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May 22, 2013
Chlorpromazine is a phenothiazine derivative and includes the typical neuroleptics, used in conventional antipsychotic treatment. In pets, it is used to control nausea and vomiting. These medications are believed to block dopamine receptors in the nervous system and may even inhibit the release of dopamine thereby influencing many involuntary functions like body temperature, metabolic rate, vomiting, blood pressure and alertness. It is commonly used for its antiemetic effects in dogs and also a preoperative tranquilizer in cattle, and goats. Though this drug is a registered drug for humans, Chlorpromazine can be obtained from a veterinarian or by prescription from a veterinarian.
Medication should never be administered without consulting your veterinarian. Chlorpromazine should not be used in animals prone to allergy to the drug and is best avoided in animals with known risks of glaucoma, low blood pressure or shock. It has to be used with extreme caution in older animals as well as in pets with a history of liver or heart disease.
Chlorpromazine is available in 10 mg, 25 mg, 50 mg, 100 mg and 200 mg tablets. An oral solution in 2 mg/ml syrup and 30 mg/ml concentrate and rectal suppositories of 25 mg and 100 mg are also available. Injectable chlorpromazine is also available in 25 mg/ml concentration in 1 ml and 2 ml ampules as well as a 10 ml bottle.A dose of 0.12 to 0.25 mg per pound could be administered subcutaneously every 6 to 24 hours or intravenously at a dose of 0.02 to 0.05 mg per pound (0.05 to 0.1 mg/kg) every 6 to 8 hours to manage nausea and vomiting in dogs.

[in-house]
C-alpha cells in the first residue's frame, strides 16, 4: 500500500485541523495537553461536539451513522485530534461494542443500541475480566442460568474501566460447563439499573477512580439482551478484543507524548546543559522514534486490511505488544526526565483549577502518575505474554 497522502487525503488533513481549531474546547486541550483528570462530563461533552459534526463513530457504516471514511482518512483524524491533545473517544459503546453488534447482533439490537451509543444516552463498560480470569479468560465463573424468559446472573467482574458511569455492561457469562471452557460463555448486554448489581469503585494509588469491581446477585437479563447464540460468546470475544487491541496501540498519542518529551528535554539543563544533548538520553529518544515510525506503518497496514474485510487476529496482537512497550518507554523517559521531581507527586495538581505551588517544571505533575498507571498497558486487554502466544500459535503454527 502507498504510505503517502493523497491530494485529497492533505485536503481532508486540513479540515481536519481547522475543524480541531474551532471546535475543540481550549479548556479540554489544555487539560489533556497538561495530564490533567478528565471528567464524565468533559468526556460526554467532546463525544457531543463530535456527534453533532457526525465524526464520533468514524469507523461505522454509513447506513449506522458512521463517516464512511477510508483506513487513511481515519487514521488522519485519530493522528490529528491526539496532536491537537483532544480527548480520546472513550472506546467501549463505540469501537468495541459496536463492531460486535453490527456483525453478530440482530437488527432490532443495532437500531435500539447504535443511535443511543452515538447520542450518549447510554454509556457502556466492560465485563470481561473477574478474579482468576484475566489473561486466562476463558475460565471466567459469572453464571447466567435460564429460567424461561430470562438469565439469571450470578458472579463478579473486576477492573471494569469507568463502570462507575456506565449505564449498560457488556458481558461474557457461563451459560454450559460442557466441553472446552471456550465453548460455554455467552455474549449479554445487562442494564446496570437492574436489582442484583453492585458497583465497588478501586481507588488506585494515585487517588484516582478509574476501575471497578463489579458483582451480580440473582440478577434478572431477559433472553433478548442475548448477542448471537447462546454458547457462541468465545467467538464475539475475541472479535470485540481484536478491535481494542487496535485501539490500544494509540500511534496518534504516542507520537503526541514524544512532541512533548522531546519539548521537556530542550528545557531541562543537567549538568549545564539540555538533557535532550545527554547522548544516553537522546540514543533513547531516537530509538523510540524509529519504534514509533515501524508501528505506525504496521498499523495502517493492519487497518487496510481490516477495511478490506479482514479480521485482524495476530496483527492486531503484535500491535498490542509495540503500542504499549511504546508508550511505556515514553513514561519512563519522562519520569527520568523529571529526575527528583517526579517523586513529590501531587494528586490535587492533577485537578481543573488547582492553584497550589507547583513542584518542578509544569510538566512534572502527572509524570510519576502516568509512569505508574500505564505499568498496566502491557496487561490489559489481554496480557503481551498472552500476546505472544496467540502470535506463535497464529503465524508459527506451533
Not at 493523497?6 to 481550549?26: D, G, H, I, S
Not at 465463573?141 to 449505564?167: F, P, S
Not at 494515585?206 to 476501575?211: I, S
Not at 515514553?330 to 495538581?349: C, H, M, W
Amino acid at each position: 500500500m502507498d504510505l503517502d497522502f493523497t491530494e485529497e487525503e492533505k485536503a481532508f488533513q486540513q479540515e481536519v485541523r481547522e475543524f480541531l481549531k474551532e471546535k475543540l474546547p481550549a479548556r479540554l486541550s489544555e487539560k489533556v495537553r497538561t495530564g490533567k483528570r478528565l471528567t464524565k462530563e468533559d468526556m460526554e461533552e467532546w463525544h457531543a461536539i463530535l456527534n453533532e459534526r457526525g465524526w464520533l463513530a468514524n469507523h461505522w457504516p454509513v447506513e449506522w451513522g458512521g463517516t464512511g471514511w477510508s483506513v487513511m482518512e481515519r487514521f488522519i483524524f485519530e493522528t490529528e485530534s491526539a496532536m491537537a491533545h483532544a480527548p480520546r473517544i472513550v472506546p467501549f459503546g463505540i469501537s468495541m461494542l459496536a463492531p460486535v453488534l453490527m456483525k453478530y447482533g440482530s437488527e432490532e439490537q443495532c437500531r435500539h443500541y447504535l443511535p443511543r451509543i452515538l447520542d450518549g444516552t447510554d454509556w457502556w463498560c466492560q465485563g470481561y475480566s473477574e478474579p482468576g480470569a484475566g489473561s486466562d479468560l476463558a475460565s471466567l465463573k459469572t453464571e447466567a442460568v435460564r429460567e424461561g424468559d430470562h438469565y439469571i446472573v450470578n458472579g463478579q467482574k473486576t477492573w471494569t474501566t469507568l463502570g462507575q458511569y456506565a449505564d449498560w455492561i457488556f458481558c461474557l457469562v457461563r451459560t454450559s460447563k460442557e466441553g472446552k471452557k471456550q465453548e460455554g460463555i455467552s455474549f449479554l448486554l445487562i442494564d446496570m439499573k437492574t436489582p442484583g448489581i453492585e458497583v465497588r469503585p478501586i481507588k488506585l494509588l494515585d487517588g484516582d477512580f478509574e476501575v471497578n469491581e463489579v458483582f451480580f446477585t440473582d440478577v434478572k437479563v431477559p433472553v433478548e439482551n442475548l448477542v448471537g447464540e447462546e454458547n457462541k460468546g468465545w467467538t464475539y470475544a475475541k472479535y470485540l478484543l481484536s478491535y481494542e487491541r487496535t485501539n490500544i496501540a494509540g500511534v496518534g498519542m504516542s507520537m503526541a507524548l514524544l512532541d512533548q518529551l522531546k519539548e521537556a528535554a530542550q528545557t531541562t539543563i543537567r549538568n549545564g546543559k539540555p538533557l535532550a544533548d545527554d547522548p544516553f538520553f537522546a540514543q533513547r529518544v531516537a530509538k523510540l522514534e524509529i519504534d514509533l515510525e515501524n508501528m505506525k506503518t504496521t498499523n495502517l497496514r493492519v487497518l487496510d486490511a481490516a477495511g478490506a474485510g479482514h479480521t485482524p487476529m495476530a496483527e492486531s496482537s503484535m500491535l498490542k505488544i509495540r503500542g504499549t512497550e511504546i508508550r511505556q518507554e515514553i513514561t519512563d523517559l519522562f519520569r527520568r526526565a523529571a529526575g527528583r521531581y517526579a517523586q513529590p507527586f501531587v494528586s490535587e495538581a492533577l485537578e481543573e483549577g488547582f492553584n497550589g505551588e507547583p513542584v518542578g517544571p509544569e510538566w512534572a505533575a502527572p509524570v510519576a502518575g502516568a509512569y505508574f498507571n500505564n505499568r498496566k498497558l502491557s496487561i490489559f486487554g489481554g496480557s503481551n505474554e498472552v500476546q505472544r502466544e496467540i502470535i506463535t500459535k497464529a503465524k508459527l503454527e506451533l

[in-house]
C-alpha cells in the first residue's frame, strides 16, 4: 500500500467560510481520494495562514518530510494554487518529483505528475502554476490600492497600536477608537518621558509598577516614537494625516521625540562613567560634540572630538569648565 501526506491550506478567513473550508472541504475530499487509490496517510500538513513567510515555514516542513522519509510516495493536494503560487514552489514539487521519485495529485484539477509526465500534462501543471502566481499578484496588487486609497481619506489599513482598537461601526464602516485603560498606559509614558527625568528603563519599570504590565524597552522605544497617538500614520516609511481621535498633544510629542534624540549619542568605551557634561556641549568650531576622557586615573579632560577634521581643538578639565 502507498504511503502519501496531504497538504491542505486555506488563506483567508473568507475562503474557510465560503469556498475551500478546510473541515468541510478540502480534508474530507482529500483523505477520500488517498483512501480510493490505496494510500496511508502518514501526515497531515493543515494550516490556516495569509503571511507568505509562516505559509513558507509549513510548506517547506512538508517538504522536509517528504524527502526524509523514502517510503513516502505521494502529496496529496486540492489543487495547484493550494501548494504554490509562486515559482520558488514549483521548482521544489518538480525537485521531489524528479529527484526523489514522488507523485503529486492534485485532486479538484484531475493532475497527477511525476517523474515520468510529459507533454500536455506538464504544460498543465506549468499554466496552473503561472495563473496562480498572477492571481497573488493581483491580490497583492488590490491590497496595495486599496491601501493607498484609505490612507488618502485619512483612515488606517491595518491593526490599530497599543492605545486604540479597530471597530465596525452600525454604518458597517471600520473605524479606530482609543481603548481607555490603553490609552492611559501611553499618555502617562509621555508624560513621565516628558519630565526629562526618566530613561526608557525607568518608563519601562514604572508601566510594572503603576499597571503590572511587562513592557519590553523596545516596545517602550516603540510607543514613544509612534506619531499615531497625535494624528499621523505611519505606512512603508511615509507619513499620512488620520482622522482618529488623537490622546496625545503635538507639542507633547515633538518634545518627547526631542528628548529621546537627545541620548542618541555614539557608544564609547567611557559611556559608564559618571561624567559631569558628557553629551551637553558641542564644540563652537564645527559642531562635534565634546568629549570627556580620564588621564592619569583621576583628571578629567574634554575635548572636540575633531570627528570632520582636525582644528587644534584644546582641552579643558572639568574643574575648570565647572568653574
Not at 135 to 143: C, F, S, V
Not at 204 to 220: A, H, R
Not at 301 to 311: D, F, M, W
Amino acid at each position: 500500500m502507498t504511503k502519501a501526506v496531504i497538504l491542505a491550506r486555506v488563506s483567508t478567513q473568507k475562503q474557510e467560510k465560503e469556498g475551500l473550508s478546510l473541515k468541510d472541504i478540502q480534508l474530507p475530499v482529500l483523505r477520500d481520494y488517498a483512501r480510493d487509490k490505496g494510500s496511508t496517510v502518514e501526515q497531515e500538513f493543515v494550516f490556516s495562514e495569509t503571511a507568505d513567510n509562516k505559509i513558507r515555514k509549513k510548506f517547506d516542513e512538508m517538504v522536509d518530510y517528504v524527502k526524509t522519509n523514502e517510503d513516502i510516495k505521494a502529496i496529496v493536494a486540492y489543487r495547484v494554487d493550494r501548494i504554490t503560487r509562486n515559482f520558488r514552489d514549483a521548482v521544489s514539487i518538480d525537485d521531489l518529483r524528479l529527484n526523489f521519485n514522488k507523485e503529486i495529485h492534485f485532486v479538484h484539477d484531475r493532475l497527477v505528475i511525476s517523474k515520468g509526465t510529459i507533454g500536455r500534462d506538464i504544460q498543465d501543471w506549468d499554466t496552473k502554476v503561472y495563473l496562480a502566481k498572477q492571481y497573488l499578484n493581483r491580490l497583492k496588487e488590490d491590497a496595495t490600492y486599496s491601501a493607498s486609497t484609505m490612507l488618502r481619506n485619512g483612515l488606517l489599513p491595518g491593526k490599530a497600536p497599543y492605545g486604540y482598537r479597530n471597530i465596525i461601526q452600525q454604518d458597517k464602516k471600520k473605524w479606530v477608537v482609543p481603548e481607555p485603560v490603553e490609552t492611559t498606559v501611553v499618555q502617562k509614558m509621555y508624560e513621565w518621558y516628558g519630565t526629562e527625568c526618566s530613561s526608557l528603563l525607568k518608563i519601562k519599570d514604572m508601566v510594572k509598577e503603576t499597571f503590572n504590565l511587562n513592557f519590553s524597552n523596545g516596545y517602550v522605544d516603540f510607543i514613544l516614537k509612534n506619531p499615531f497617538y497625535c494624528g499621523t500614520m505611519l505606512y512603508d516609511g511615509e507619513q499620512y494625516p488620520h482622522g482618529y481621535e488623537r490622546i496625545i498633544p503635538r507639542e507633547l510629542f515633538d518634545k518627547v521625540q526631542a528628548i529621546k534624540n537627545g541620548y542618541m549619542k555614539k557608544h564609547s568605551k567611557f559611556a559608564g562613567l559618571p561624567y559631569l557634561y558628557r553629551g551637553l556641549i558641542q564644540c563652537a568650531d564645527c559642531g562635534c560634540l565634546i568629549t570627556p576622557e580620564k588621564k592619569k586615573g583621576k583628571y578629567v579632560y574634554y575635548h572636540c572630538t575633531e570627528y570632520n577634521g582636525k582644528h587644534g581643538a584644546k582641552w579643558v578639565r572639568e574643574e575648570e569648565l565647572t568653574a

Chlorpromazine may react with other medications such as certain narcotics, barbiturates, propranolol, epinephrine and some anti-diarrheal medications. An over dosage of chlorpromazine might result in tremors, drooling, diarrhea, rigidity and loss of the righting reflexes in cats.
Thorazine, Largactil, Ormazine, Chlomazine, Chloractil, Chlorazin, Chlorprom, Chlorpromanyl, Contomin
Acepromazine (generic of PromAce)
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